Sunday, September 27, 2009

Famotidine reduces peptic ulcer risk in patients receiving low-dose aspirin

A controlled trial found that over the short-term, famotidine, a histamine-H2 receptor blocker, was effective in reducing new gastric and duodenal ulceration in patients taking low-dose aspirin.

The incidence of upper-gastrointestinal complications associated with low-dose aspirin has increased along with its wider use, however there is debate over the most effective prophylaxis because effective drugs and clinical trials are few. Proton-pump inhibitors (PPI) are widely used, but may be costly and recent studies suggest a possible adverse interaction between PPI and clopidogrel – often co-prescribed with aspirin. The authors of this study aimed to determine whether a histamine-H2 blocker, famotidine, was effective in reducing peptic ulceration and erosive oesophagitis in patients taking low-does aspirin.

Participants were adult patients of the cardiovascular, cerebrovascular, and diabetes clinics of one UK hospital, who were eligible for low-dose aspirin treatment that was likely to last at least 12 weeks (the intended study duration). Other anti-platelet treatment was not a criterion for exclusion.

Potential study patients had a baseline endoscopy and those with active serious upper gastro-intestinal disease excluded: those eligible were randomised to receive famotidine 20mg twice daily or matching placebo. They had a further endoscopy at 12 weeks after randomisation, and the primary outcome was development of new peptic ulcers or erosive oesophagitis at this point.

The study was stopped early before the planned full recruitment (700 patients) because interim analysis indicated overwhelming evidence of benefit. At this point, 14,515 had been assessed for eligibility and 404 randomised (famotidine n=204, placebo n=200). The main reason for exclusion was ineligibility (n=9,085). There were 90 withdrawals (famotidine n=37, placebo n=53), the most common reasons being withdrawal of consent (n=29) and loss to follow-up (n=17).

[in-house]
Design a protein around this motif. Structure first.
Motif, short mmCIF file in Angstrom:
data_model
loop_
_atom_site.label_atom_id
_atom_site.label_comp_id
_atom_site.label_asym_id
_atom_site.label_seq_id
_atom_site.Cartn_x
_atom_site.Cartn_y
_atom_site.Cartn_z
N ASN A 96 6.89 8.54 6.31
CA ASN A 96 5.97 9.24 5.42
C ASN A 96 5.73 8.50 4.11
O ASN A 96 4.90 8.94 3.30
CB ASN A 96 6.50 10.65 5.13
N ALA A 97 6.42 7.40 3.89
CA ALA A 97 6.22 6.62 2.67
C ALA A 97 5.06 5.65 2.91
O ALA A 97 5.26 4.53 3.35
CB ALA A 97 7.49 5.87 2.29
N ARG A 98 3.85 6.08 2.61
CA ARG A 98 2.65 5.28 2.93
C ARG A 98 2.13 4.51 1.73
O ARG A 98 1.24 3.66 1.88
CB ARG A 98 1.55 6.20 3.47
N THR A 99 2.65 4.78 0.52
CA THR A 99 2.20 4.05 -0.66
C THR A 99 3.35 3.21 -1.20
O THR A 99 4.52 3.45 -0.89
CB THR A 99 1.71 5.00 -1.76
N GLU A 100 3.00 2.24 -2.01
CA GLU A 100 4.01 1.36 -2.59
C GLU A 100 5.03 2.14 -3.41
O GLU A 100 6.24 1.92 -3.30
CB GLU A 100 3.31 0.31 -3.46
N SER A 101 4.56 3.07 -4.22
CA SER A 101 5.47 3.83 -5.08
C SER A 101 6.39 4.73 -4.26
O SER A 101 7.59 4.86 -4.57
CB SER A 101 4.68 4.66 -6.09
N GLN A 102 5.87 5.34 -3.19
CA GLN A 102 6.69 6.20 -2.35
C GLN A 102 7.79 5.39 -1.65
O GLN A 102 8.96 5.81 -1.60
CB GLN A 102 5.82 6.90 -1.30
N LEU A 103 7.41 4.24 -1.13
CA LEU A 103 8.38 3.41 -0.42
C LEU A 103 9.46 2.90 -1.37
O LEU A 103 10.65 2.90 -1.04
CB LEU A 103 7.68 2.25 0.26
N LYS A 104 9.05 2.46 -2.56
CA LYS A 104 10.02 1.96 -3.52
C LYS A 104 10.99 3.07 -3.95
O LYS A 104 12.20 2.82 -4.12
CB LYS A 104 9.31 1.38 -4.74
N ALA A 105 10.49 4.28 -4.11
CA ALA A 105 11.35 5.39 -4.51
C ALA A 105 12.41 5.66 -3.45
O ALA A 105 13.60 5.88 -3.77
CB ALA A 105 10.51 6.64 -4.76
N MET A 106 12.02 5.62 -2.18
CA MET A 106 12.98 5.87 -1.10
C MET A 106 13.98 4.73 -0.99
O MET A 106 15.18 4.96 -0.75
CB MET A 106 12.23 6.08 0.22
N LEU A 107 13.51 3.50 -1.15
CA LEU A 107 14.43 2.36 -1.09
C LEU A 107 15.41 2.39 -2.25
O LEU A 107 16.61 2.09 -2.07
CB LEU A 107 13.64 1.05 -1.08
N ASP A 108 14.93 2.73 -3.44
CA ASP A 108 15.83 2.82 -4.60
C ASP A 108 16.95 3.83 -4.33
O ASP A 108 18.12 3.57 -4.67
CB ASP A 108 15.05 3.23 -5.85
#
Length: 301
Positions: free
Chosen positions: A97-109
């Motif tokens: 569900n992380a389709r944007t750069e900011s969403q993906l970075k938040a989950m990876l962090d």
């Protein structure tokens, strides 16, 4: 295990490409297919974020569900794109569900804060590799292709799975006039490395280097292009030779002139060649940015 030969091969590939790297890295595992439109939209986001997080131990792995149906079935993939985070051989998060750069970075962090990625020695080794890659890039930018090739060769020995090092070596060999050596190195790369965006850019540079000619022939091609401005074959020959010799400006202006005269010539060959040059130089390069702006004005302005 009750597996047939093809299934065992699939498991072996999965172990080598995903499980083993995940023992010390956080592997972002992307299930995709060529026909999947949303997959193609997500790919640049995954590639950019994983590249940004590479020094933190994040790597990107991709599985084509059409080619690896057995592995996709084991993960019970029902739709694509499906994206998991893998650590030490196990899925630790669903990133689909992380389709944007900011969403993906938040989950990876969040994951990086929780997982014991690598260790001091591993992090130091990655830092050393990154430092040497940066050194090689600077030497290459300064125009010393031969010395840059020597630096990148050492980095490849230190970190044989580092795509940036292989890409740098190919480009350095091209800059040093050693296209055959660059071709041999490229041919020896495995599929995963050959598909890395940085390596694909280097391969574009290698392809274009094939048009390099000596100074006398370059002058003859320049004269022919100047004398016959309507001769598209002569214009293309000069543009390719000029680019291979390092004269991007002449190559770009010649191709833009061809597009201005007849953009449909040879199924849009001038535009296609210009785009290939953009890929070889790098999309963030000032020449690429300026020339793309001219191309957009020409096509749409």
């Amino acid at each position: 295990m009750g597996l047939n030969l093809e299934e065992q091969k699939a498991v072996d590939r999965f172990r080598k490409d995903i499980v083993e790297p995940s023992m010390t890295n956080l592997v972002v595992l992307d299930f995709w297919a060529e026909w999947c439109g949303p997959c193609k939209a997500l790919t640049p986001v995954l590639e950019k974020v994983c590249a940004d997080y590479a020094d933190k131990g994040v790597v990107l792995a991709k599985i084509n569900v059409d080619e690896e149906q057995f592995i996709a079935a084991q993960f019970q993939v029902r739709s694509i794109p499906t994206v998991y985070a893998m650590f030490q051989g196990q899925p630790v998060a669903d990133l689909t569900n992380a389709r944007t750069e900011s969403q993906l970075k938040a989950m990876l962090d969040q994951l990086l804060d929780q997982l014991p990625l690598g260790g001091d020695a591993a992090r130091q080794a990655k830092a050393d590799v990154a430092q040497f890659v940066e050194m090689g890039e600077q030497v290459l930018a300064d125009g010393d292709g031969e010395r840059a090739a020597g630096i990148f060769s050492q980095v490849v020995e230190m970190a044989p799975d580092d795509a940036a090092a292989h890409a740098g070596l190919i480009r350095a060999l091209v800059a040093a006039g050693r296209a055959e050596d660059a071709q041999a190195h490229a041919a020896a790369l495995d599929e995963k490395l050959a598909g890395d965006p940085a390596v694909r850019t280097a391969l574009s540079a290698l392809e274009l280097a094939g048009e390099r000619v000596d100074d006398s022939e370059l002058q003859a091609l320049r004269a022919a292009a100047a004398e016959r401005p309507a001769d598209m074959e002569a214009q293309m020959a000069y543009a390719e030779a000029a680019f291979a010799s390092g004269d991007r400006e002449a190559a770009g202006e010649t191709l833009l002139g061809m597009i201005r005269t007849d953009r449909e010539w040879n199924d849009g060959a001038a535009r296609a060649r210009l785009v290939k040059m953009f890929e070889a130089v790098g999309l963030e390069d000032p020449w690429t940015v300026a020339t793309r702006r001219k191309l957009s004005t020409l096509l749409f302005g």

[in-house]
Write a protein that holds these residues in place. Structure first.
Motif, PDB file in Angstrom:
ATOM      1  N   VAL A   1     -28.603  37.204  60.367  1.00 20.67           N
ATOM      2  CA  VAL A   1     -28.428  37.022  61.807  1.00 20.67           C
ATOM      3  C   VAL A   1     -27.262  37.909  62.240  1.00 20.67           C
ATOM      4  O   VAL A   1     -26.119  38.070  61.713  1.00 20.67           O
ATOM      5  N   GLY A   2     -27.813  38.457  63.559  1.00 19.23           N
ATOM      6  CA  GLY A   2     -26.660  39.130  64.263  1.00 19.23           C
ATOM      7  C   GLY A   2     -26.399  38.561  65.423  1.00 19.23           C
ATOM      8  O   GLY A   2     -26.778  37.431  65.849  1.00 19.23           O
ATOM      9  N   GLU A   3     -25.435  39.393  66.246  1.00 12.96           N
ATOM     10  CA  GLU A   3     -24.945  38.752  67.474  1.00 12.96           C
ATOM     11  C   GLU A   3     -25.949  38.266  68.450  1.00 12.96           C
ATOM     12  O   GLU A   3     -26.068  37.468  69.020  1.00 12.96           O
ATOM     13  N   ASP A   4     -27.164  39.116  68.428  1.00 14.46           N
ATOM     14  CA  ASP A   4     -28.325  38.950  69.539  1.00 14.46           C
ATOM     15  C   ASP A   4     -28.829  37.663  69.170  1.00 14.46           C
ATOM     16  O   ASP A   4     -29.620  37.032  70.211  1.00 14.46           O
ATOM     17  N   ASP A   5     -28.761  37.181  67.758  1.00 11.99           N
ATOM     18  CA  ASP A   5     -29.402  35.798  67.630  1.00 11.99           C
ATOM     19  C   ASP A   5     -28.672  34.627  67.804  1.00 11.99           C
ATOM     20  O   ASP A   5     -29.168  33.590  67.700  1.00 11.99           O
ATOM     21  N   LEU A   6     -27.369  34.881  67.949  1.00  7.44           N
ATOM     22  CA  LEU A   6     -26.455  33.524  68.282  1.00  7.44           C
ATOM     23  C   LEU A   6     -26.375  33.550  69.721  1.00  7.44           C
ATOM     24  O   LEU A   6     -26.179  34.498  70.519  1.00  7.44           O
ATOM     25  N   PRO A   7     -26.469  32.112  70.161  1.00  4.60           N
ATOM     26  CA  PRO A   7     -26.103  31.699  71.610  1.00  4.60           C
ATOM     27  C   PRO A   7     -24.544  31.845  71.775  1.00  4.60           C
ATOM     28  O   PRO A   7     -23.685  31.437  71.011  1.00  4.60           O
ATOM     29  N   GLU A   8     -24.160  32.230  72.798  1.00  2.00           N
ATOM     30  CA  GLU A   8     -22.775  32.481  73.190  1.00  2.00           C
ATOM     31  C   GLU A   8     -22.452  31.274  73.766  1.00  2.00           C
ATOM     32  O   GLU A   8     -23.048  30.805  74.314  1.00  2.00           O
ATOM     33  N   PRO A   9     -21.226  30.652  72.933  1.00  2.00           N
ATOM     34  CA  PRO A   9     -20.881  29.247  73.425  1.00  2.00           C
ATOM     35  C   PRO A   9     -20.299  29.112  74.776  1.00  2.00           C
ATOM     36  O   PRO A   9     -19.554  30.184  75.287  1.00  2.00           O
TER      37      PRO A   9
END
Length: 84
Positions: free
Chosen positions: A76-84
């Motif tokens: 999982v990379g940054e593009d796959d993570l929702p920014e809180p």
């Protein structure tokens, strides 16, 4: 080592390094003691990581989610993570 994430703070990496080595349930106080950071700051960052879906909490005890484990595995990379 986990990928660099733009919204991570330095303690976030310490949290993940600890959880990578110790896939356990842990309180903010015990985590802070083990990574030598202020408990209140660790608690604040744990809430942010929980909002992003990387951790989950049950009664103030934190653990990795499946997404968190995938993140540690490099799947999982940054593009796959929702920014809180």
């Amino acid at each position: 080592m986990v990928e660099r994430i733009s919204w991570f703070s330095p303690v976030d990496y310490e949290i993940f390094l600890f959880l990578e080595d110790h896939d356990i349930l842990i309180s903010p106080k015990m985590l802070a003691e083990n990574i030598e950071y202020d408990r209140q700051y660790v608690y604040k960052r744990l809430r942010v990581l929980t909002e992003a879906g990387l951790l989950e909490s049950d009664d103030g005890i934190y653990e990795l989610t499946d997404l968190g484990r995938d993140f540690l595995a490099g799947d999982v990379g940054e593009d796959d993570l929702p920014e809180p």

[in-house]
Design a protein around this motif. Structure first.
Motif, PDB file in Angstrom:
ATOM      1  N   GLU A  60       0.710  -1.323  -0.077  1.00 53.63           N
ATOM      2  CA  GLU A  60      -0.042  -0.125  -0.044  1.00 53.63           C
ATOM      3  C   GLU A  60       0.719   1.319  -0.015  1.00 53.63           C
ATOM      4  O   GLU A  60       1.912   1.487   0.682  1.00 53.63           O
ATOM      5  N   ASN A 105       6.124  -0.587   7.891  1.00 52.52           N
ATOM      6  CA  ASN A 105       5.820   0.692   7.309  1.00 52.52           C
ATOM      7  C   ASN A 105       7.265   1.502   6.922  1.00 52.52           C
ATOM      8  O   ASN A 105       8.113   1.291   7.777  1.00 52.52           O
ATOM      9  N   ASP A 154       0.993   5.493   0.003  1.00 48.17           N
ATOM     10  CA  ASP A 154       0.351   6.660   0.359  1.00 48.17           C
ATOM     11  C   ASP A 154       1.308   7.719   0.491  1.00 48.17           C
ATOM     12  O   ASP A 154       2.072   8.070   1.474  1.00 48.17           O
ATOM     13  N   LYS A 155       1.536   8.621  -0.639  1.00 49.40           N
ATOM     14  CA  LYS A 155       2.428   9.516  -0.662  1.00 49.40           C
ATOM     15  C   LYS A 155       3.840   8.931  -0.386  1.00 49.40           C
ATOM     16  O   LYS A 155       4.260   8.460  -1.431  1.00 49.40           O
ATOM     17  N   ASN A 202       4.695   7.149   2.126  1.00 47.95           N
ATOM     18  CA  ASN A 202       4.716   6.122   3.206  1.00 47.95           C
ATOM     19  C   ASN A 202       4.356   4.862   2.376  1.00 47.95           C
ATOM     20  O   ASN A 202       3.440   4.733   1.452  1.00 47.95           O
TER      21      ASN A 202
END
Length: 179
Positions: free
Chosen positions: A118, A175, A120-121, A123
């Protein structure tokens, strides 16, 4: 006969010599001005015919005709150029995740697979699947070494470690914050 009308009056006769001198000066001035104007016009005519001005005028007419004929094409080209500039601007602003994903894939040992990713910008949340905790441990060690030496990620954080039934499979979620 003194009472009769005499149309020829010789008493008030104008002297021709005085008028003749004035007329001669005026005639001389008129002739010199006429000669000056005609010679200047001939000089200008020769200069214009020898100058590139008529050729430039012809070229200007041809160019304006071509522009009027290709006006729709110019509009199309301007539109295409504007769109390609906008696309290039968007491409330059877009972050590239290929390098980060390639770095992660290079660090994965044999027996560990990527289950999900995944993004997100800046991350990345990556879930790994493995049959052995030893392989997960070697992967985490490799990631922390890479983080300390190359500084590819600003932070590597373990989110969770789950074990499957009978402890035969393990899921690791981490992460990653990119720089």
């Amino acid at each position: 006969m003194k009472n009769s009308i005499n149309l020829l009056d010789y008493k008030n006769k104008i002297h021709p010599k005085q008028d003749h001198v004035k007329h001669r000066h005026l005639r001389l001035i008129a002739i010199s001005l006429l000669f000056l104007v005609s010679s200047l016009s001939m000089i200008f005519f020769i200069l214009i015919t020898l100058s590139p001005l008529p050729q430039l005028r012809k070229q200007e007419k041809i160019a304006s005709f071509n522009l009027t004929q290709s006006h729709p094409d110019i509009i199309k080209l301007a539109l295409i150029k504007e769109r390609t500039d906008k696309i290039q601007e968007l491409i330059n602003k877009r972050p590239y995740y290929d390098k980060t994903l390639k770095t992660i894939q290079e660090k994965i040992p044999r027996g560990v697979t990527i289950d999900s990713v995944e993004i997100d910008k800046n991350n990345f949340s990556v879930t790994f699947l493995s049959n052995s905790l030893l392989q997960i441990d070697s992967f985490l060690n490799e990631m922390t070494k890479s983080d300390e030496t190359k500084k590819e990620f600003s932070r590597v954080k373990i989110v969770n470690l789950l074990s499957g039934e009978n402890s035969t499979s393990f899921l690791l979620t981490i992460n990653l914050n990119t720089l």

In the intention to treat analysis, peptic ulcers and erosive oesophagitis were less frequent in the famotidine group compared to the placebo group: any endpoint component developed in 5.4% vs. 32.5%, with an odds ratio (OR) of 0.12 (95% CI, 0.06 to 0.23; p<0.0001).

In terms of individual components, gastric ulcers were found in 3.4% vs. 15.0% (OR, 0.20; 95% CI, 0.09 to 0.47; p=0.0002), duodenal ulcers in 0.5% vs. 8.5% (OR 0.05%; 95% CI, 0.01 to 0.40; p=0.0045), and erosive oesophagitis in 4.4% vs. 19.0% (OR, 0.20; 95% CI, 0.09 to 0.42; p<0.0001). There were 24 reported adverse events (famotidine n=9, placebo n=15), none of which were considered to be related to the study treatment. There was no indication of any interaction with clopidogrel, nor were patients taking famotidine more likely to have a cardiac event.

The authors conclude that famotidine is effective in prevention of peptic ulcers and erosive oesophagitis in patients taking low-dose aspirin. It may therefore offer an alternative option to PPI in such patients.

An accompanying Comment discusses the study, including the observation that famotidine was more effective in patients with H. pylori infection.

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